Before We Were Free

Before We Were Free

by Julia Alvarez

Paperback(Reprint)

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Overview

A new paperback edition of Julia Alvarez’s beloved Pura Belpré winner about life in Trujillo’s Dominican Republic. “Diary entries written by a child while in hiding will remind readers of Anne Frank’s story.” —SLJ
 
Anita de la Torre never questioned her freedom living in the Dominican Republic. But by her twelfth birthday in 1960, most of her relatives have immigrated to the United States, her Tío Toni has disappeared without a trace, and the government’s secret police terrorize her remaining family because of their suspected opposition to Trujillo’s iron-fisted rule.
 
Using the strength and courage of her family, Anita must overcome her fears and fly to freedom, leaving all that she once knew behind.
 
From renowned author Julia Alvarez comes an unforgettable story about adolescence, perseverance, and one girl’s struggle to be free.
 
A Miami Herald Best Book of the Year
Winner of the Américas Award for Children’s and Young Adult Literature
Winner of the Pura Belpré Award
An ALA-YALSA Best Book for Young Adults
An ALA-ALSC Notable Children’s Book

“A stirring work of art.” —Publishers Weekly, Starred Review
 
“A realistic and compelling account of a girl growing up too quickly while coming to terms with the cost of freedom.” —The Horn Book, Starred Review
 
“Diary entries written by the child while in hiding will remind readers of Anne Frank’s story. . . . Readers will bite their nails as the story moves to its inexorable conclusion.” —SLJ
 
“Alvarez’s story will spark intense discussion about politics and family.” —Booklist

Product Details

ISBN-13: 9780399555497
Publisher: Random House Children's Books
Publication date: 03/27/2018
Edition description: Reprint
Pages: 208
Sales rank: 19,204
Product dimensions: 5.50(w) x 8.25(h) x 0.49(d)
Age Range: 12 - 17 Years

About the Author

Julia Alvarez is the award-winning author of How the García Girls Lost Their Accents and In the Time of the Butterflies. Her highly acclaimed books for young readers include The Secret Footprints, A Gift of Gracias, the Tía Lola series, Finding Miracles, and Return to Sender. Alvarez has won numerous awards for her work, including the Pura Belpré and Américas awards for her children’s books, the Hispanic Heritage Award in Literature, and the F. Scott Fitzgerald Award for Outstanding Achievement in American Literature. In 2013, she was awarded the National Medal of Arts by President Obama. She is currently a writer-in-residence at Middlebury College and, together with her husband, Bill Eichner, established Alta Gracia, a sustainable coffee farm/literacy center in the Dominican Republic. Visit her on the Web at juliaalvarez.com.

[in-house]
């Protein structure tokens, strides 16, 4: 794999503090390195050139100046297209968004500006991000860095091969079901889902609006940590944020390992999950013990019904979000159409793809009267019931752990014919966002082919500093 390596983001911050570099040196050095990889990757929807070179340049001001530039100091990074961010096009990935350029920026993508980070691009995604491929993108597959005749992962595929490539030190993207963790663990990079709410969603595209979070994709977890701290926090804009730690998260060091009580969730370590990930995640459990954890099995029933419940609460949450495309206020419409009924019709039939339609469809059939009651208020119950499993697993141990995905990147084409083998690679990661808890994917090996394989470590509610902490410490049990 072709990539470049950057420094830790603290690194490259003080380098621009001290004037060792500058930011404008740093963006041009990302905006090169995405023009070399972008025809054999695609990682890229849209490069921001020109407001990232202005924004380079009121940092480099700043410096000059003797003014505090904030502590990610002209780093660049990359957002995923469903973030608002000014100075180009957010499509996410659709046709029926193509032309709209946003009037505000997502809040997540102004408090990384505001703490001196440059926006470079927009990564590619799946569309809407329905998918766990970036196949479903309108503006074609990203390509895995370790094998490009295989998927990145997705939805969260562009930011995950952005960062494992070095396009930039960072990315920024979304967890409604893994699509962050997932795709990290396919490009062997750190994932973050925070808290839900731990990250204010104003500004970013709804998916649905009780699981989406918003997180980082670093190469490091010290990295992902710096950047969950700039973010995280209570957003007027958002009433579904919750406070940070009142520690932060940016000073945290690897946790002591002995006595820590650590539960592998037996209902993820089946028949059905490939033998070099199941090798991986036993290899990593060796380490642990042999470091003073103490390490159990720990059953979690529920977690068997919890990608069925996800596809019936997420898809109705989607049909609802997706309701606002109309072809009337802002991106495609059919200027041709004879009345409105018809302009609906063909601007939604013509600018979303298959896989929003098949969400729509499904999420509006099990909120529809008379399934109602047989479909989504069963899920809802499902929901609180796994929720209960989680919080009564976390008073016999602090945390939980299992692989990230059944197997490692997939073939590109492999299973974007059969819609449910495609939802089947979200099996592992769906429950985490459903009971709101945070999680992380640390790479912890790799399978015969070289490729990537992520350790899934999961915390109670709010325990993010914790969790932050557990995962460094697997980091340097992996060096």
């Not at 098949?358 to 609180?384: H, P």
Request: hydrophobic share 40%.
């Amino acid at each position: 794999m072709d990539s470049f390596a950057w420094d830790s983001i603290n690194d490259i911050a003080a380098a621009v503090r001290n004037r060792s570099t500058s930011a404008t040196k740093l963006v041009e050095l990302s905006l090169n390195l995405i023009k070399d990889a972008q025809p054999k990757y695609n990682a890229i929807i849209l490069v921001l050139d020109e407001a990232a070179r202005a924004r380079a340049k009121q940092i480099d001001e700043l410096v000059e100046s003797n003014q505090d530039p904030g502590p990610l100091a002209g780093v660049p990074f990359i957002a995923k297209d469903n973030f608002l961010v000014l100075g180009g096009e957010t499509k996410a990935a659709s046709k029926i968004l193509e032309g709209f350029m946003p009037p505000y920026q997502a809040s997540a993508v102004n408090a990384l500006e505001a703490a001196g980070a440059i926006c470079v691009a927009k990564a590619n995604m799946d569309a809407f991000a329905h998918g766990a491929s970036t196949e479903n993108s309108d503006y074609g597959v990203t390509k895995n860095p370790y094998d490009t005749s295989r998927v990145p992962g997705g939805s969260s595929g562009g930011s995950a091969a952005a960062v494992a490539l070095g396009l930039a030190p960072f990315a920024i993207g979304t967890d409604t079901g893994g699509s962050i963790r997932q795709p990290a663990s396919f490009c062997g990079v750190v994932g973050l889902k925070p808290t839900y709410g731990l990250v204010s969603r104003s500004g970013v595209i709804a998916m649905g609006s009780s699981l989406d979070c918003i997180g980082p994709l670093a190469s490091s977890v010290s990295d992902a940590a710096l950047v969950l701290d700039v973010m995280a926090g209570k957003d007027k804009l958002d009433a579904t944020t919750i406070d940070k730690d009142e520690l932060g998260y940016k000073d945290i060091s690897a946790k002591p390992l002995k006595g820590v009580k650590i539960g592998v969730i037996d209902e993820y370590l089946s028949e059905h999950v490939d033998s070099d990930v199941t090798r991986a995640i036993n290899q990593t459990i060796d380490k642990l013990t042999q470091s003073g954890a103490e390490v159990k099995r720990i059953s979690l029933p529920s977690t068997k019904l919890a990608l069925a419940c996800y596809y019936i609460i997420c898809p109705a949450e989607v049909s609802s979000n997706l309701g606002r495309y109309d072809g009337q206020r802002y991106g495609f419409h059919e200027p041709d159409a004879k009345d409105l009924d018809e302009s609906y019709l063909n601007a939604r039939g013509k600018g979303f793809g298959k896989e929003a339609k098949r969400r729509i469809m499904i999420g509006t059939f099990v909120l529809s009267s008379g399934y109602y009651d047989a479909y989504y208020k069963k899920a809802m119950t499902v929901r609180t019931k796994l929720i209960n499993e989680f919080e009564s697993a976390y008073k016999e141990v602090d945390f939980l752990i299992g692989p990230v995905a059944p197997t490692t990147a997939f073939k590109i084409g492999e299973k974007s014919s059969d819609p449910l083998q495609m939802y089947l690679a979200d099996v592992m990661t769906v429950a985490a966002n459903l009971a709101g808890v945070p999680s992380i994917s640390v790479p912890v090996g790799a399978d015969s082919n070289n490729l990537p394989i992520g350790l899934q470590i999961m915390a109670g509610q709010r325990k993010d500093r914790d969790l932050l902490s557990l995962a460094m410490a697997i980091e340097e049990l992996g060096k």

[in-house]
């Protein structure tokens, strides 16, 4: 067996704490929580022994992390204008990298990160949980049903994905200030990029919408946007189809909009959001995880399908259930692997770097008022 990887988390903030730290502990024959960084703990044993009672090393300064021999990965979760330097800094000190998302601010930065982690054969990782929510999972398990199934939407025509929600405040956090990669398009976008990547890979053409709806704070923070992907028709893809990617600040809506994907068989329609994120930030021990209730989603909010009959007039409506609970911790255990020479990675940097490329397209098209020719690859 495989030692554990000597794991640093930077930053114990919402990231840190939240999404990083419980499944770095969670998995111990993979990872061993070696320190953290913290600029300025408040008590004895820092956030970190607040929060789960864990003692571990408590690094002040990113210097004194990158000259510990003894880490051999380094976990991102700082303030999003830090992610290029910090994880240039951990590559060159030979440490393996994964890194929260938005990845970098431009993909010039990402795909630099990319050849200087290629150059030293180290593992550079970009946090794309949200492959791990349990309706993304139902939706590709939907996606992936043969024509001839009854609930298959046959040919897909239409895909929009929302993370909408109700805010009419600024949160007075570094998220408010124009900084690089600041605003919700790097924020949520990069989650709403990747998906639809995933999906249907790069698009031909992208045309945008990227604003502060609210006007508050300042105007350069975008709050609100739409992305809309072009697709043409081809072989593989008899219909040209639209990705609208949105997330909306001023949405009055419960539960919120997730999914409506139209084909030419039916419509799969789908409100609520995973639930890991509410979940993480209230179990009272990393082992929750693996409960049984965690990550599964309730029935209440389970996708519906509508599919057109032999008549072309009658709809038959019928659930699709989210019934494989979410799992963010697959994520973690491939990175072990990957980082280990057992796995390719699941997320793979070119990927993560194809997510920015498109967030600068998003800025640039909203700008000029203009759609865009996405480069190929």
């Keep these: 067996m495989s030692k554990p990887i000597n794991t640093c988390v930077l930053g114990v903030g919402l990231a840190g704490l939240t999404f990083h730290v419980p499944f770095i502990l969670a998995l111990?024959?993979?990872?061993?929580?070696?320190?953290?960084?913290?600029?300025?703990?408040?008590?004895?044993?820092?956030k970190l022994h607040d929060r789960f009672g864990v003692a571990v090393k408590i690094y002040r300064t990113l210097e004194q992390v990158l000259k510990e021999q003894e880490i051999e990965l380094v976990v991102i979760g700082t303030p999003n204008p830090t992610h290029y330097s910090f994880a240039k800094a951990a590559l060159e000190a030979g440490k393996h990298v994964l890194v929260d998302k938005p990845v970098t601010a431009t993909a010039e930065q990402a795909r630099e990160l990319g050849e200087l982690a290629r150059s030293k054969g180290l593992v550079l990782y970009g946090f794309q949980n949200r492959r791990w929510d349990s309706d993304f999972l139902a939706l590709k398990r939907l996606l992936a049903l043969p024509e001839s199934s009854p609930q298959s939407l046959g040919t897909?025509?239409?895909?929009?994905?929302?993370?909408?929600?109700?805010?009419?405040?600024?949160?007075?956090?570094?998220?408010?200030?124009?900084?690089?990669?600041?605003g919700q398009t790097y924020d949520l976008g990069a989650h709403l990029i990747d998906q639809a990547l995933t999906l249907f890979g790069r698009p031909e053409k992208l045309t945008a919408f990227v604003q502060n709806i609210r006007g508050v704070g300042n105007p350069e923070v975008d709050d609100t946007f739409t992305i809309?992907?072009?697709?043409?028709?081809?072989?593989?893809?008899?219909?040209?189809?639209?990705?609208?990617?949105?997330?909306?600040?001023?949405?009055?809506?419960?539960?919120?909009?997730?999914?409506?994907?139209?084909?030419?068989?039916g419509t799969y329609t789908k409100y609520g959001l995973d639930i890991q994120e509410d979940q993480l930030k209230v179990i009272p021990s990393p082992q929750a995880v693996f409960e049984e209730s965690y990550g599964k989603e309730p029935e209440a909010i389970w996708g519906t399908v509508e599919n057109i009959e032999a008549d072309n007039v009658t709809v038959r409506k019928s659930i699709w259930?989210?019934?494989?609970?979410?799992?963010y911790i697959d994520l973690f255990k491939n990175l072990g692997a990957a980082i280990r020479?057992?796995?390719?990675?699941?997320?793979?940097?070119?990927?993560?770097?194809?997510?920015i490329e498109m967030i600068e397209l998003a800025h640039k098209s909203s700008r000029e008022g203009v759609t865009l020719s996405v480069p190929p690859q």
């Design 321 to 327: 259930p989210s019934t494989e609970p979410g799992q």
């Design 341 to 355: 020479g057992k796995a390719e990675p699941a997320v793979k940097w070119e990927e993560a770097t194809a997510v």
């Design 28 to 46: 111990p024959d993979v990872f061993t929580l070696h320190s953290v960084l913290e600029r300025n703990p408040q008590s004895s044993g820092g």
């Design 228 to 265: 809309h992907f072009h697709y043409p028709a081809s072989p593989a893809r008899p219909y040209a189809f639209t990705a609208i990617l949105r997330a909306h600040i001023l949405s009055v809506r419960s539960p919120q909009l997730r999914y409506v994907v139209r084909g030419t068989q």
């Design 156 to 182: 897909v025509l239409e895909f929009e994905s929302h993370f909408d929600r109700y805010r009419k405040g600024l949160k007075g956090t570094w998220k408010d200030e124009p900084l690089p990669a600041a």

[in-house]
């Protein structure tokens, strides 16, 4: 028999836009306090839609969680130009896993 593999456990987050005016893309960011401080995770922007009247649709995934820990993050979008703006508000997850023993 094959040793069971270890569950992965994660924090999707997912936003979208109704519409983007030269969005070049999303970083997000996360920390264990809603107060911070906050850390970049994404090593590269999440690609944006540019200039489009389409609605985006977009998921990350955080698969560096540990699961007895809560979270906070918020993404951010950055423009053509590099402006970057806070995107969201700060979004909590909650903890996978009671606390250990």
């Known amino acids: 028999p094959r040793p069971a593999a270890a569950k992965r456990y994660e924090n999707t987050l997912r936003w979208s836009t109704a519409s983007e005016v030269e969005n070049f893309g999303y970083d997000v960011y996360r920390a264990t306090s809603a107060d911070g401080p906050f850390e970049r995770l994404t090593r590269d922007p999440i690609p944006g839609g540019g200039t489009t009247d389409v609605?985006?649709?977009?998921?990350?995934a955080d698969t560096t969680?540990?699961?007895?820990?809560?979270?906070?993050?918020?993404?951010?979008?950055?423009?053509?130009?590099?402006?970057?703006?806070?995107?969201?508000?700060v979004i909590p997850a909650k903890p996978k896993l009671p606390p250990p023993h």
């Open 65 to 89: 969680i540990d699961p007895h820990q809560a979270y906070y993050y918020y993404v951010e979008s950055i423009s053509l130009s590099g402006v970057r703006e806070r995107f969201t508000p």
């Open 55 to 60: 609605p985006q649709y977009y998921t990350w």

Hometown:

Middlebury, Vermont

Date of Birth:

March 27, 1950

Place of Birth:

New York, New York

Education:

B.A., Middlebury College, 1971; M.F.A., Syracuse University, 1975

Read an Excerpt

Chapter 3
(Continues…)



Excerpted from "Before We Were Free"
by .
Copyright © 2018 Julia Alvarez.
Excerpted by permission of Random House Children's Books.
All rights reserved. No part of this excerpt may be reproduced or reprinted without permission in writing from the publisher.
Excerpts are provided by Dial-A-Book Inc. solely for the personal use of visitors to this web site.

Reading Group Guide

1. Throughout the book, Anita watches her mother to judge the situation in the compound. Her mother often changes her approach to Anita–sometimes treating her as an adult, sometimes as a child. Why do you feel Anita’s mother does that? How does Anita react, and how do you think she would like to be treated? Do you feel she is old enough to be hearing the truth, or should her mother shelter her more?

2. In the beginning of the book, Anita’s extended family suddenly flees the country, leaving only Anita and her immediate family behind. The family lives in a compound and is extremely close. What role does the family, immediate and extended, play in this book? Does Anita realize that not everyone has the relationship her family experiences?

3. Anita is at a stage of her life where questioning authority becomes a common occurrence. In this book, there are several different authority figures that are forcing her to behave in certain ways, such as the government, the opposition army, and her family. How does she deal with this authority? How does she get around some of the rules?

4. Anita and her sister have a typical relationship that most readers can understand. Does this attitude toward each other represent a determination to keep a certain level of normalcy in a very frightening and often dangerous situation? How do both of their attitudes change once the quinceañera occurs?

5. Discuss the importance of the compound in this book, specifically the loss of the family’s freedom to go outside the gates, as well as the areas inside the compound that were off limits.

6. In order to shield the rest of the family, Anita’s fatherand the group running the opposition speak outside of the house, not realizing that Anita’s window is right next to their meeting place. How did hearing these conversations affect Anita? Do you feel she was better off knowing the truth, or did the whole situation make her grow up faster than necessary?